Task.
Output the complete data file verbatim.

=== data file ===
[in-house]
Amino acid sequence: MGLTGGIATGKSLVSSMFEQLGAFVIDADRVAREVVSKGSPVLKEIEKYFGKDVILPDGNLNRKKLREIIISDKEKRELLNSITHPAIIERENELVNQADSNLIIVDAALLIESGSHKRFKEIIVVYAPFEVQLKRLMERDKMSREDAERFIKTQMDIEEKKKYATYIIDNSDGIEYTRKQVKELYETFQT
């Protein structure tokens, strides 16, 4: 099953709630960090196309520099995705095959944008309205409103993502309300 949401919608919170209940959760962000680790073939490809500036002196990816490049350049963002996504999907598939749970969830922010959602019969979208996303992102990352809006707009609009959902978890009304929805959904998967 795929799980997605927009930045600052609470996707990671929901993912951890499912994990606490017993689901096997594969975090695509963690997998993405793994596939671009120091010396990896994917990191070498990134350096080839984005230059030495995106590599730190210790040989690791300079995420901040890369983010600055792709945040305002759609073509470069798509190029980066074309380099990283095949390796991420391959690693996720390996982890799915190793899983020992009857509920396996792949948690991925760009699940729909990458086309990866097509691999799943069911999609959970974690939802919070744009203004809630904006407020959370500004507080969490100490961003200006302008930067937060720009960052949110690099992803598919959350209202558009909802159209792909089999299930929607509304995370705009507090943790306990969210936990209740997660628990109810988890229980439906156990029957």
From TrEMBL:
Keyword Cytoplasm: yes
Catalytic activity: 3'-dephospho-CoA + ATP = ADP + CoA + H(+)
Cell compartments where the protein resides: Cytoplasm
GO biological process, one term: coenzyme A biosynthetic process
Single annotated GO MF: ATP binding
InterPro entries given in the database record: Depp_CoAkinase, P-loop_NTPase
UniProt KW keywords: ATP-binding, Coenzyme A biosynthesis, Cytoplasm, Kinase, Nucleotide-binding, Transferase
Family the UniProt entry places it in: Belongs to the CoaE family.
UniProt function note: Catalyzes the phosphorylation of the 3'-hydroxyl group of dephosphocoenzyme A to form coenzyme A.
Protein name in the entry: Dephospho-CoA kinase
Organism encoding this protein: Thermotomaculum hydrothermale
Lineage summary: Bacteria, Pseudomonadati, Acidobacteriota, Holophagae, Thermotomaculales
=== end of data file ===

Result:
[in-house]
Amino acid sequence: MGLTGGIATGKSLVSSMFEQLGAFVIDADRVAREVVSKGSPVLKEIEKYFGKDVILPDGNLNRKKLREIIISDKEKRELLNSITHPAIIERENELVNQADSNLIIVDAALLIESGSHKRFKEIIVVYAPFEVQLKRLMERDKMSREDAERFIKTQMDIEEKKKYATYIIDNSDGIEYTRKQVKELYETFQT
């Protein structure tokens, strides 16, 4: 099953709630960090196309520099995705095959944008309205409103993502309300 949401919608919170209940959760962000680790073939490809500036002196990816490049350049963002996504999907598939749970969830922010959602019969979208996303992102990352809006707009609009959902978890009304929805959904998967 795929799980997605927009930045600052609470996707990671929901993912951890499912994990606490017993689901096997594969975090695509963690997998993405793994596939671009120091010396990896994917990191070498990134350096080839984005230059030495995106590599730190210790040989690791300079995420901040890369983010600055792709945040305002759609073509470069798509190029980066074309380099990283095949390796991420391959690693996720390996982890799915190793899983020992009857509920396996792949948690991925760009699940729909990458086309990866097509691999799943069911999609959970974690939802919070744009203004809630904006407020959370500004507080969490100490961003200006302008930067937060720009960052949110690099992803598919959350209202558009909802159209792909089999299930929607509304995370705009507090943790306990969210936990209740997660628990109810988890229980439906156990029957």
From TrEMBL:
Keyword Cytoplasm: yes
Catalytic activity: 3'-dephospho-CoA + ATP = ADP + CoA + H(+)
Cell compartments where the protein resides: Cytoplasm
GO biological process, one term: coenzyme A biosynthetic process
Single annotated GO MF: ATP binding
InterPro entries given in the database record: Depp_CoAkinase, P-loop_NTPase
UniProt KW keywords: ATP-binding, Coenzyme A biosynthesis, Cytoplasm, Kinase, Nucleotide-binding, Transferase
Family the UniProt entry places it in: Belongs to the CoaE family.
UniProt function note: Catalyzes the phosphorylation of the 3'-hydroxyl group of dephosphocoenzyme A to form coenzyme A.
Protein name in the entry: Dephospho-CoA kinase
Organism encoding this protein: Thermotomaculum hydrothermale
Lineage summary: Bacteria, Pseudomonadati, Acidobacteriota, Holophagae, Thermotomaculales